Hartford Times Building

University

Hartford, Connecticut

Completed

$70,000,000

232,000 sq ft

The University of Connecticut – Hartford Downtown campus serves over 3,000 students in the historic Hartford Times building and addition.

Robert A.M. Stern Architects (RAMSA) hired ABD Engineering & Design to address the Room Acoustics, Noise Isolation and Speech Privacy, and Mechanical Noise Control throughout the project.

ABD followed the BIM (Building Information Modeling) process with the architect, other consultants, and contractors to maintain efficiency of planning and construction along the way.

Our work on the project included complete acoustical engineering and consulting for the entire structure of 6 floors plus basement mechanical spaces, divided between approximately 140-thousand SF of new construction and 90-thousand SF of historic preservation renovation. The completed project consists of the student center, commons, cafe, conference and meeting rooms, classrooms, the STEM program, study rooms, labs (including state-of-the-art computer labs), lounges, the President’s and Directors’ offices, along with department and administrative offices, and a Veterans’ Oasis lounge.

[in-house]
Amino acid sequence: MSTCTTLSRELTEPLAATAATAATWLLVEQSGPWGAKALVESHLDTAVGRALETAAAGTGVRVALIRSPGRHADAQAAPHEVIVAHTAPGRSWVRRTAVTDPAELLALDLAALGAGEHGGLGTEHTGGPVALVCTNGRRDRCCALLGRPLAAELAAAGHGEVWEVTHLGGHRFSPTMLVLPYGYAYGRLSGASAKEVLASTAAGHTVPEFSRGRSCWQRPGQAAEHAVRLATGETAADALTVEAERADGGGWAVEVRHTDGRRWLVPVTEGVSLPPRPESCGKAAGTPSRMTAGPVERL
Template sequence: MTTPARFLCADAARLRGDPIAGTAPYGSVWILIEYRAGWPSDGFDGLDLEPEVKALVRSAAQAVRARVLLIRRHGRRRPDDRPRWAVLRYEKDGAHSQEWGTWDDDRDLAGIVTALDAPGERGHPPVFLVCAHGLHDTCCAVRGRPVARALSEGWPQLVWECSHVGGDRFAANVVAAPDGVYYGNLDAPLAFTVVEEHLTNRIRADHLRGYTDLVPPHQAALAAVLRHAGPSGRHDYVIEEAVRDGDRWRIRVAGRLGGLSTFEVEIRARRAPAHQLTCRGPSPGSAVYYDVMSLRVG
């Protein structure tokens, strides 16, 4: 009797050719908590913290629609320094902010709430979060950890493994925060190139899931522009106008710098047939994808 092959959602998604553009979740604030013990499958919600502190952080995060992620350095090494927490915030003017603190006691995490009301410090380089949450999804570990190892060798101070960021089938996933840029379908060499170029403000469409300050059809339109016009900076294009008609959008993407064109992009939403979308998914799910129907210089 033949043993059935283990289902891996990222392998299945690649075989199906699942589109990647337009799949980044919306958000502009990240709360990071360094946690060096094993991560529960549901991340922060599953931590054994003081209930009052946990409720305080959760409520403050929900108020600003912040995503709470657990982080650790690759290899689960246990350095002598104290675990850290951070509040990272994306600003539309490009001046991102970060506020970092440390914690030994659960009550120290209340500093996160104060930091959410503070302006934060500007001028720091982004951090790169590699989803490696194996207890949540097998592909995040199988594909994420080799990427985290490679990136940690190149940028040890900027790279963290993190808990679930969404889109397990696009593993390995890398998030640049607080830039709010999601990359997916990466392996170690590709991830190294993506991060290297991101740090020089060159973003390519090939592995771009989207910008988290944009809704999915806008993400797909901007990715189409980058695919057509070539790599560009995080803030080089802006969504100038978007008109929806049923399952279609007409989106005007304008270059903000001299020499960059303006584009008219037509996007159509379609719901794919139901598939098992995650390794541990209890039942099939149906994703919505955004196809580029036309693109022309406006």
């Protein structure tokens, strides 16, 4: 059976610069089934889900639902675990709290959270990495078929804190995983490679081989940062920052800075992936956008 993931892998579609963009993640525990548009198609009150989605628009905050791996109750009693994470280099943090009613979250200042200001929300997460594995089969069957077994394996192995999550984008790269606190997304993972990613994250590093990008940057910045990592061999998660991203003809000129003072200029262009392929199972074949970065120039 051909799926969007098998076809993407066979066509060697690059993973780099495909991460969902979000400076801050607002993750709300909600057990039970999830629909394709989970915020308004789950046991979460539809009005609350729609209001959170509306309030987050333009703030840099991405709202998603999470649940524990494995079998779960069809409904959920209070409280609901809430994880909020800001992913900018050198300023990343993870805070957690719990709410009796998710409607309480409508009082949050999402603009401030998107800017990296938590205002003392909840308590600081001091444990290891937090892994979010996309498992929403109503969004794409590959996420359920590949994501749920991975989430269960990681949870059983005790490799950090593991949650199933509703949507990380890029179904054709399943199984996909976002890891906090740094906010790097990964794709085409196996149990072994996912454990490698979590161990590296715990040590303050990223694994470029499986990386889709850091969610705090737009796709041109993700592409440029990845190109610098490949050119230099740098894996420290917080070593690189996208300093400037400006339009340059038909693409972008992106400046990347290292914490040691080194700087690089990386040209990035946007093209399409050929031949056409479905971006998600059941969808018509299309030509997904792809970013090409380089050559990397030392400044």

In April, 2018 the project was awarded a Connecticut Preservation Award of Merit from the Connecticut Trust for Historic Preservation. This award honors outstanding efforts in building preservation, enhancement of historic places as well as excellence in adaptive re-use of historic buildings, preservation of neighborhoods, and restoration of cultural landscapes.

The Hartford Times Building is an historic Beaux-Arts building in downtown Hartford, Connecticut built as the headquarters of the now defunct Hartford Times. The newspaper commissioned architect Donn Barber, who had designed the nearby Travelers Tower and Connecticut State Library and Supreme Court Building, to build it a new structure to house its office and newspaper plant. At the time the paper was at the height of its influence with the top circulation in the state in 1917.

Photo courtesy of UConn Today – Peter Morenus Jr.